Officials cite Homeland Security as reason to limit discussions
Salesha Wilken Staff Reporter
The Rogers County 911 Advisory Board will discuss Friday in a special meeting whether talking about the operation of the center could present a security risk under Homeland Security.
Janet Hamilton, Rogers County 911 Administrator, released the agenda on last Friday afternoon which included the sole item for discussion at the special meeting slated for 10 a.m. at the OSU Extension Building, 416 S. Brady.
The agenda item is listed as “1. Article in Claremore Progress. Does holding an open meeting jeopardize the security, integrity, and operations of the 9-1-1 center under Homeland Security.”
The Homeland Security Act specifically lists the primary mission of the act is to:
(A) prevent terrorist attacks within the United States;
(B) reduce the vulnerability of the United States to terrorism; and
(C) minimize the damage, and assist in the recovery, from terrorist attacks that do occur within the United States.
For example, providing public access to records or discussions relating to the construction, organization, development, finances and contractual agreements for operations for the new 911 center do not relate to the definition of critical infrastructure within the Homeland Security Act.
These items are just some of the issues that were presented during a recent meeting where the board was cautioned about “security” issues and a need for privacy.
Critical infrastructure refers to the necessary resources or key assets. Emergency services including 911 public safety answering points are considered part of the system, however privacy protections are limited under the act.
The act is designed to protect against “information pertaining to actual, potential, or threatened interference with, attack on, compromise of, or incapacitation of critical infrastructure or protected systems by either physical or computer-based attack or other similar conduct.”
The advisory board’s proposed protection under the Homeland Security Act will likely be based on the protection of critical information including emergency services.
However, as currently presented, Hamilton and Assistant District Attorney David Iski are attempting to use what was designed to protect detailed information that could be tools for terrorist attacks as an umbrella for all operations.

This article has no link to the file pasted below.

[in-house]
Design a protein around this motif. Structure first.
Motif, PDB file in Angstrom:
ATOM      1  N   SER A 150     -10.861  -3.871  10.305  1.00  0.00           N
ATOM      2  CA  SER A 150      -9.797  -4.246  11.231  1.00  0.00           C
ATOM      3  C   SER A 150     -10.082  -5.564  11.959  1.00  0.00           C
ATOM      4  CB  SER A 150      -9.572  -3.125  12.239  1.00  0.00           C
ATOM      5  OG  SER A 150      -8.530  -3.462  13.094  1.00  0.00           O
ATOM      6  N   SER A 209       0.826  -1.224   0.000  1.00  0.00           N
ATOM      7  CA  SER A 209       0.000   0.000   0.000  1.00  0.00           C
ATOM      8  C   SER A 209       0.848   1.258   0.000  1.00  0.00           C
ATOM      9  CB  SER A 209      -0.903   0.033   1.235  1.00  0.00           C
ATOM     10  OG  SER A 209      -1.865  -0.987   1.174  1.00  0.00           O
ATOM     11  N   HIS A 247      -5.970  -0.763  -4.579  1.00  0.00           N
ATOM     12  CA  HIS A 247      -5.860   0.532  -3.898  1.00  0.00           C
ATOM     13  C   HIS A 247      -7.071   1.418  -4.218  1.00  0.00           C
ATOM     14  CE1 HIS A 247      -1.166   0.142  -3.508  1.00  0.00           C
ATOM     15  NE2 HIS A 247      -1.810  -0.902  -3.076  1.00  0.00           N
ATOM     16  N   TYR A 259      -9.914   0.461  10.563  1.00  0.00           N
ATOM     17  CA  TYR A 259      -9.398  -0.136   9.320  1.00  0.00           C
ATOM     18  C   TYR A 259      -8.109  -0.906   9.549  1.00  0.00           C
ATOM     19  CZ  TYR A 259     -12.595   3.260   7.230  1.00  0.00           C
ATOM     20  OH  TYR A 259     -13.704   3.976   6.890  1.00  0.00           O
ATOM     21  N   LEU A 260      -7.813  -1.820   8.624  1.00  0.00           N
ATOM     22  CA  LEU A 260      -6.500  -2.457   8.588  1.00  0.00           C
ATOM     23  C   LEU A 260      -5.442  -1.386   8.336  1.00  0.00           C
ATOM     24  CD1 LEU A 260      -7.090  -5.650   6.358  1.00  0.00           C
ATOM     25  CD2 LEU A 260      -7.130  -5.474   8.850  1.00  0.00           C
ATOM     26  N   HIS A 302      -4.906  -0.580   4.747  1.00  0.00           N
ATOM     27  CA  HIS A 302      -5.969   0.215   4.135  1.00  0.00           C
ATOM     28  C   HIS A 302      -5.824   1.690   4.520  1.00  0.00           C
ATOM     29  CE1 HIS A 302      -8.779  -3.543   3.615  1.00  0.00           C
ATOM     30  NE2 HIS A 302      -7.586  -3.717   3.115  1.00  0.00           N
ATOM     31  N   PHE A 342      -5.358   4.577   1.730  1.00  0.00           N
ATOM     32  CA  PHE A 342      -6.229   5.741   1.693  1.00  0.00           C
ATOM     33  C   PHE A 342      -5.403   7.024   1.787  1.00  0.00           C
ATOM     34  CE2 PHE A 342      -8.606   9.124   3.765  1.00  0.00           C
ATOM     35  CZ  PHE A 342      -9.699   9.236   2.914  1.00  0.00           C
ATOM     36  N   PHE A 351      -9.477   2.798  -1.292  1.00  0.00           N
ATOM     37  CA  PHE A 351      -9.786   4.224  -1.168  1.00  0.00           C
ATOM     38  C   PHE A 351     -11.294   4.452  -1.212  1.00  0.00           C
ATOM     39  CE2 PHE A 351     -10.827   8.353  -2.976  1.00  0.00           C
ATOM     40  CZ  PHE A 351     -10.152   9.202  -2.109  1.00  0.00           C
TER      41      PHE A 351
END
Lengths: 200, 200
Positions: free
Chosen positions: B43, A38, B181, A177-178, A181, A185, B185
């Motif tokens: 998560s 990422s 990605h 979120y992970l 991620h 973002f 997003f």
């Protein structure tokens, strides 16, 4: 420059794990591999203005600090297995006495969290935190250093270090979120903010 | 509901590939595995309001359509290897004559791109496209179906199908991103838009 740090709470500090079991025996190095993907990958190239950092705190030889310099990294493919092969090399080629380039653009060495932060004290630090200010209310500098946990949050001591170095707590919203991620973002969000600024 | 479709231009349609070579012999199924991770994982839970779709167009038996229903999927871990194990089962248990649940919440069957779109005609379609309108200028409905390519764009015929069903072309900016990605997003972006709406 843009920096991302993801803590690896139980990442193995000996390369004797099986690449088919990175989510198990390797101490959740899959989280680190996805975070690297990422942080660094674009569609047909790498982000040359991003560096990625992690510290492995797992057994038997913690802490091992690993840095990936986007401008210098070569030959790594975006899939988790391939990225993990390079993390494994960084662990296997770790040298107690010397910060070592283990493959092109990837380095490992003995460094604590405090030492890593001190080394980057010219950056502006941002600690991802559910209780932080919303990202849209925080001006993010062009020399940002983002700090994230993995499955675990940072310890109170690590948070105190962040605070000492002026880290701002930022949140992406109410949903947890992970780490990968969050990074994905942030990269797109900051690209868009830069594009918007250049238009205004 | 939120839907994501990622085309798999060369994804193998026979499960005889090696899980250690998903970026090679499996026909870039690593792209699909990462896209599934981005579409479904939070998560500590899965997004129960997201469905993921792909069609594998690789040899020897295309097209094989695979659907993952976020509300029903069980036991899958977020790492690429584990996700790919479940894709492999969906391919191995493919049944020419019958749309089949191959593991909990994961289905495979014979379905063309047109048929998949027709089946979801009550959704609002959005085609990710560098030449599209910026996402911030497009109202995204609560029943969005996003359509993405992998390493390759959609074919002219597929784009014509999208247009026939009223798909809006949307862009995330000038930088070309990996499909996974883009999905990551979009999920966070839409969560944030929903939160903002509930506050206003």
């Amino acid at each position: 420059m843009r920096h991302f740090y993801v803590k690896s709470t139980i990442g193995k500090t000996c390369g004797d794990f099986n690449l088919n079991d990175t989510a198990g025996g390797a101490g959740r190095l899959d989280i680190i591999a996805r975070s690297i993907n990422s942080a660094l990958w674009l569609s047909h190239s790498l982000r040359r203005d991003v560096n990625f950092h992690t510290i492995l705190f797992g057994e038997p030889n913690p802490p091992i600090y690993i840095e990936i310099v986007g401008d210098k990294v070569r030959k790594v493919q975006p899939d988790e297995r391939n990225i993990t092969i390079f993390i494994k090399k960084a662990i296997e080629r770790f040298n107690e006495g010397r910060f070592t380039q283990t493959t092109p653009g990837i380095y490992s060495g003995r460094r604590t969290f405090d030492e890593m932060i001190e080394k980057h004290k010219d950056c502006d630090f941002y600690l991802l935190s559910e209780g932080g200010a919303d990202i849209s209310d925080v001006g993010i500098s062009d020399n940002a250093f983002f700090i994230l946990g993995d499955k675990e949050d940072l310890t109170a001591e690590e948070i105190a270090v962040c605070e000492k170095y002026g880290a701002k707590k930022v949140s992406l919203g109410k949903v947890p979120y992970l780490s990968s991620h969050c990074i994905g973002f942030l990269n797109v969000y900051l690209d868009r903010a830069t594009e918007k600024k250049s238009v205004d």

The Homeland Security Act does not support this use to limit public access to information.
It is important to note the act was established to protect against terrorist attack, not open records requests or public meetings.
The advisory board is comprised of the Rogers County Commissioners Helm, Kirt Thacker, Dan DeLozier, Hamilton and other representatives from fire and police in the county.
As a governmental body conducting business, it is legally required to post public notice of its meetings, including an agenda of items that will be discussed in accordance with state statute and the Oklahoma Open Meetings Act.
The Oklahoma Open Meetings Act does provide for a public body to enter into executive session when it discusses matters to personnel, litigation and contract negotiations.
The act does allow for an executive session when the topic relates to terrorism, but not for the operations of the 911 center.
Rogers County voters approved the extension of a sales tax in 2011 to provide for the $2 million 911 center.
The public has a right to have the information presented in a public format to provided accountability for how the $2 million will be spent.
During Thursday’s board meeting Helm and Iski, who is legal counsel to the commissioners, briefly left the meeting. When they returned Helm suggested discussing matters about the 911 center would be a security risk.
The advisory board also proposed restricting the public’s access to 911 dispatch recordings without providing any statute to support such a decision.
Helm also said certain inquiries by Washington County officials about possibly joining the Rogers County 911 dispatching service should not be discussed in public.
The proposal has been described as a way to protect public safety issues. As Friday approaches officials are trying to determine if the Homeland Security Act will be the appropriate structure for privacy when dealing with security and public safety issues.
Officials have been looking to find other avenues that will prvide the appropriate security needs and still provide public acess, according to recent reports.
No official action has been taken and it is yet to be determined if the proposed action under the Homeland Security umbrella will actual be used.